Lady Me

Lady Me

Ashildr appears twice more during the season, and in “Face the Raven” she is clearly the Doctor’s adversary, engaging in actions that lead, indirectly, to the death of Clara Oswald. The Doctor wants to blame Ashildr. He really wants to blame her. He tells her the next time she sees him, the universe may become a very small place.

Ashildr’s role in “Face the Raven” is that of a headwoman or mayor of a secret community of “others” hidden in London. Powerful forces threatened her community, and betraying the Doctor is the only way she could protect the people she had adopted. And Clara’s death was brought about by Clara’s own actions, based on her experience that the Doctor would always save her.

The Mayor of Trap Street

The Mayor of Trap Street

Ashildr is a character of community. We see her two strengths, (although very little of one of them); she is a community leader, and an artist. As a storyteller, she is the type of artist whose work most immediately involves others; the audience, the community. As the mayor of Trap Street, we see Ashildr doing what she was probably destined to do before the Doctor interfered. A person whose purpose is to serve a community, Ashildr is antithetical to the Doctor, the essential loner. Yes, the Doctor always wants an assistant or a “companion,” but he does not function well in groups and he flees them. He has fled the length and breadth of reality, and time itself, to escape community (even if the Time Lords were a hideous community, which is how it seems,) while Ashildr draws strength from them and lends her strength to them. She is a true “community organizer.” I loved Trap Street and I loved this aspect of Ashildr, although I want to see more of the skald and the puppeteer.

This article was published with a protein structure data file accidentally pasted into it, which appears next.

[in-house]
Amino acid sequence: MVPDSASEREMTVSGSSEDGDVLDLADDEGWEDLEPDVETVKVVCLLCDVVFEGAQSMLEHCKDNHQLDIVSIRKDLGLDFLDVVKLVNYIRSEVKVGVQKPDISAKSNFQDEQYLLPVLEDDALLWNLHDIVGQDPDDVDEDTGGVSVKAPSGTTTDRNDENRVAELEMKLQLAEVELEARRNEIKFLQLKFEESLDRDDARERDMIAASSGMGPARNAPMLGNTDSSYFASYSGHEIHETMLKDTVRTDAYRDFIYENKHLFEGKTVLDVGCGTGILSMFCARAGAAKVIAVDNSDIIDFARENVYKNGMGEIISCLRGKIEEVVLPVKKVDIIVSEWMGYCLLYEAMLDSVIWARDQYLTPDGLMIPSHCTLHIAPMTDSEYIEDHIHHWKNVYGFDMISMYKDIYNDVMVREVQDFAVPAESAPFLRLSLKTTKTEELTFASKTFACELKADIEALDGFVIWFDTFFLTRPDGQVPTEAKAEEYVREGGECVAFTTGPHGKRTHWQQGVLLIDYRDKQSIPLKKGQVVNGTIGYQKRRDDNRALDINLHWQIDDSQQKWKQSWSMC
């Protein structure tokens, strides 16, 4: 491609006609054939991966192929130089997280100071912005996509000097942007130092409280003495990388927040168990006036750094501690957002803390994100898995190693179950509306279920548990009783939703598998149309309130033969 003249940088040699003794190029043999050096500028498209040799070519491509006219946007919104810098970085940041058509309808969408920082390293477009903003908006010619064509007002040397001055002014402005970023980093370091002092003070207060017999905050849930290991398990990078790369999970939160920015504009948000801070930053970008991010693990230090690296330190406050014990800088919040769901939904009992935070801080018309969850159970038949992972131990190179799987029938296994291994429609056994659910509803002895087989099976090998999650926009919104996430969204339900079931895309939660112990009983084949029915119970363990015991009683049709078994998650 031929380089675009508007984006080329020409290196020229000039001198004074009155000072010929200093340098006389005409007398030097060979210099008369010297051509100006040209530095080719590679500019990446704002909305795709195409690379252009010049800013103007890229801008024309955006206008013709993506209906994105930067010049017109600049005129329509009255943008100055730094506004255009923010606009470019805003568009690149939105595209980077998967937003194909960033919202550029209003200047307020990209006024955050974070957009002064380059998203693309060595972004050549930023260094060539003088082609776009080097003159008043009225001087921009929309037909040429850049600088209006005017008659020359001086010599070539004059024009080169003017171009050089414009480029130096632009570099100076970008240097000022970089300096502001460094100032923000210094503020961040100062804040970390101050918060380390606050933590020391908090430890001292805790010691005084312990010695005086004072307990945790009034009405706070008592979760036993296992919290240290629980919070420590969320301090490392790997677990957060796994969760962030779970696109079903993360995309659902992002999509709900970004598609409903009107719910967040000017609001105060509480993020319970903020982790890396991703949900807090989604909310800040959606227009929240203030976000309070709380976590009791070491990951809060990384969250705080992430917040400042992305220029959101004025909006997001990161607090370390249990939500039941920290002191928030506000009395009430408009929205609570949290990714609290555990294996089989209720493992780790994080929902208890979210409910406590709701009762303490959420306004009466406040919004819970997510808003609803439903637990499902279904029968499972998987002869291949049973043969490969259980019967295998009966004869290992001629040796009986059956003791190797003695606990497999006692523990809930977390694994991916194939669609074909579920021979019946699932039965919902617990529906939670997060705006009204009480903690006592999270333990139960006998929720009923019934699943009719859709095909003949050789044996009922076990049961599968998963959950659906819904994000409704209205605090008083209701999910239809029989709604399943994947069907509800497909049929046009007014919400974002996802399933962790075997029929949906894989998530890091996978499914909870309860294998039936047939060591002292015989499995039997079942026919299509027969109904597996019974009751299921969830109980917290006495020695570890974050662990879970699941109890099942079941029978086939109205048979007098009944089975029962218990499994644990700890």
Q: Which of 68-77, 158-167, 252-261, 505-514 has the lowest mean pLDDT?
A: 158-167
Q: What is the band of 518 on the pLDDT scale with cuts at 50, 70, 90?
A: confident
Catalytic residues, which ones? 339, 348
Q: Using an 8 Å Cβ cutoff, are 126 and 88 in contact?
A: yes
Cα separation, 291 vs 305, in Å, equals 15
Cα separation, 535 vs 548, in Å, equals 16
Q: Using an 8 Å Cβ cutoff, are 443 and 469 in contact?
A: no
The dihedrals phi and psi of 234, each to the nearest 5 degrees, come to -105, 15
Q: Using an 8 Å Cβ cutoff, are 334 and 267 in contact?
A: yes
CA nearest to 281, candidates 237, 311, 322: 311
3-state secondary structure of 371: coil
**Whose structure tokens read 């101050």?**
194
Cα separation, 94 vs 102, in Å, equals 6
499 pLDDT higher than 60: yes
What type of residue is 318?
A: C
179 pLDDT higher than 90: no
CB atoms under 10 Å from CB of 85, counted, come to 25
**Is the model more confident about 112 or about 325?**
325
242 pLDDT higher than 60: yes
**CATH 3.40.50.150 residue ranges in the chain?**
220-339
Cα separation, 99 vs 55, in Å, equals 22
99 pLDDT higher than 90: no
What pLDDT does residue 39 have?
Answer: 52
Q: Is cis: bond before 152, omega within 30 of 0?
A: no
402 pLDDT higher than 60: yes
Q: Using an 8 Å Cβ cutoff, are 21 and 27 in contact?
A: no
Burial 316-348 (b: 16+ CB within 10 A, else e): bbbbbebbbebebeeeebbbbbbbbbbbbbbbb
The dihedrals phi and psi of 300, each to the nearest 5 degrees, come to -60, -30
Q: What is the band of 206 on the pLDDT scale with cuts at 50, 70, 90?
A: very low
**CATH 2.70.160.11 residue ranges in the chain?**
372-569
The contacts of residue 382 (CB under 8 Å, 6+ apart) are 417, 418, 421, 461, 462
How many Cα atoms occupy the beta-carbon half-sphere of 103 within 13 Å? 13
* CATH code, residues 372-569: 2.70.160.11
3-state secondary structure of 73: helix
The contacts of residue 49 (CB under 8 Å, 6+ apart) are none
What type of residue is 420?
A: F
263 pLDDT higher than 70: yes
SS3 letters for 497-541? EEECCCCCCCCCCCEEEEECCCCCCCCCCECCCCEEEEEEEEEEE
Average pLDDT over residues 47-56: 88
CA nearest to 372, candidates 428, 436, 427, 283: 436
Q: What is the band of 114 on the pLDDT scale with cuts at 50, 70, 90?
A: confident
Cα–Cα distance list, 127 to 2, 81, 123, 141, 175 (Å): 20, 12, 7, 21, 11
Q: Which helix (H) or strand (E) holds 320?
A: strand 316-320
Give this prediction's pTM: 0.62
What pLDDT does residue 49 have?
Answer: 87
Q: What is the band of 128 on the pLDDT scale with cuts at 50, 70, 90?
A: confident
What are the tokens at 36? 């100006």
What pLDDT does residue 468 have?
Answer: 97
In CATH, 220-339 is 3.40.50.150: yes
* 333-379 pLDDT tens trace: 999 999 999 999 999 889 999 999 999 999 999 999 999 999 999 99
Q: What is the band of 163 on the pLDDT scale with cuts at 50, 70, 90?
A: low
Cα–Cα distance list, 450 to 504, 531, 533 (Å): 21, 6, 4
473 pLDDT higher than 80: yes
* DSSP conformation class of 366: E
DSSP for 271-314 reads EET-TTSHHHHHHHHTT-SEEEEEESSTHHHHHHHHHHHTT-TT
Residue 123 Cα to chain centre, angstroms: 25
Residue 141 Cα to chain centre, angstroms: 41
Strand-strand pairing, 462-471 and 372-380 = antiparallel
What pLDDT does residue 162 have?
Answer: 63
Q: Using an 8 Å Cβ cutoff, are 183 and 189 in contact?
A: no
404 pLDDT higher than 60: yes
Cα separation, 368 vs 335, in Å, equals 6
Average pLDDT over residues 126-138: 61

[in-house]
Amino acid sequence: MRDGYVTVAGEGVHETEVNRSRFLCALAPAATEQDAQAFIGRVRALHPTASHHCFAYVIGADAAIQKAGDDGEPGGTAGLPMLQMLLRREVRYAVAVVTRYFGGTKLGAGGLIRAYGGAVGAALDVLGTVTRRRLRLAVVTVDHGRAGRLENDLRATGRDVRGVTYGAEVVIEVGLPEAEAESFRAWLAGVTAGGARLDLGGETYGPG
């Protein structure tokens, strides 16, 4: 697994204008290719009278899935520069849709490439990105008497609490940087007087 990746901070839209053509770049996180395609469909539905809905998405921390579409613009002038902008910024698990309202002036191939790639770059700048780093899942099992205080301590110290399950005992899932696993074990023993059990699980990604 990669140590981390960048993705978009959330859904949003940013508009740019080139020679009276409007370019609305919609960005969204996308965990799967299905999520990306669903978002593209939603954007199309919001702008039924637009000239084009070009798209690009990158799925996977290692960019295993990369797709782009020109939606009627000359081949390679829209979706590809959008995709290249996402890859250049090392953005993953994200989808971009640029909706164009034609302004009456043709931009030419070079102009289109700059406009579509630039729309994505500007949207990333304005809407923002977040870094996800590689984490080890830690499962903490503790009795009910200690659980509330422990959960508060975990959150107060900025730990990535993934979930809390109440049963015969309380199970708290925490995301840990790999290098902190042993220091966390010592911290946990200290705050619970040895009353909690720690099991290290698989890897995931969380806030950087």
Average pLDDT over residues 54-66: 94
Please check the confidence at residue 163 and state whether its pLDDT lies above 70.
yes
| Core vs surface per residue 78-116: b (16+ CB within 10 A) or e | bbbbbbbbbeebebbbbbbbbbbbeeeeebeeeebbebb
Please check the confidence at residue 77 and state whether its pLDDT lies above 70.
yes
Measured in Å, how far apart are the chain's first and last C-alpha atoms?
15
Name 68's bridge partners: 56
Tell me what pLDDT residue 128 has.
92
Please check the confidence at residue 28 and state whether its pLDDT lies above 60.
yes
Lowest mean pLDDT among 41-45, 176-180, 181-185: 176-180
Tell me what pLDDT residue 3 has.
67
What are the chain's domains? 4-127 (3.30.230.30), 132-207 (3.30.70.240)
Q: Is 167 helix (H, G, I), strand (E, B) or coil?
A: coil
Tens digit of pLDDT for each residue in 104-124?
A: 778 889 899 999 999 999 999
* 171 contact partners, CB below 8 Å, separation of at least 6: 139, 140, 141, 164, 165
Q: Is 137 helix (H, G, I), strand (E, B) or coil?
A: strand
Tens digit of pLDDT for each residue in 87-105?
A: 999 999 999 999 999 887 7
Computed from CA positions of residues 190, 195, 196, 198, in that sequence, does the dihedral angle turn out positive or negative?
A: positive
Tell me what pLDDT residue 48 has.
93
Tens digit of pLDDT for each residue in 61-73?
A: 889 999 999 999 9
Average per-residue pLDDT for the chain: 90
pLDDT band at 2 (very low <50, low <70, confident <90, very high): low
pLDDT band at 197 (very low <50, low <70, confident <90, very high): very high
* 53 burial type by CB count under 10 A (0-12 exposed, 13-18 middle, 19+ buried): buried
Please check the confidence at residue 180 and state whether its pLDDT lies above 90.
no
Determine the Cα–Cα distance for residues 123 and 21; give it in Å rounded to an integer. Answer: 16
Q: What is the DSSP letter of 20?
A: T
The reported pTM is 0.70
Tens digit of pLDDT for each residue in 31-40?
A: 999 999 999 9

By the end of 2015 season, the Doctor has come around, somewhat, and he and Ashildr are cautious allies. And (more spoilers) at the very end of the season, Ashildr and Clara (yes, I know she’s dead, just go with it) are tooling around the universe in a TARDIS they liberated from Gallifrey. Ashildr doesn’t need a TARDIS, though. She is interesting enough just as she is.

Clara Oswald’s story is fully wrapped up, now, but there is a place for Ashildr, if not in Doctor Who, then in the upcoming spinoff Class. The gifted children of Coal Hill School, who apparently can get some tutoring from The Doctor, could probably use the knowledge acquired by an immortal now and then. In fact, she may even have donated her journals to them. Or, maybe not, and maybe there’s a field trip to ask to see her journals. I don’t want Ashildr to become one of those annoying, convenient immortal characters who exist only to provide info-dumps; but her real-world experience might come in handy. Even better, the people she has gathered around her in Trap Street; Ood, Cybermen, and other recognizable races from this universe, may have knowledge the school needs. Ashildr, a smart, prickly protector of the vulnerable who, over nearly one thousand years, may not have drifted so far from her “viking” roots, would be a fun intermittent character for the faculty and students to have to navigate.

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A Tale of Two Coffee Houses

Greeting you as you walk into Taylor Maid Farms roastery and coffee house.

Greeting you as you walk into Taylor Maid Farms roastery and coffee house.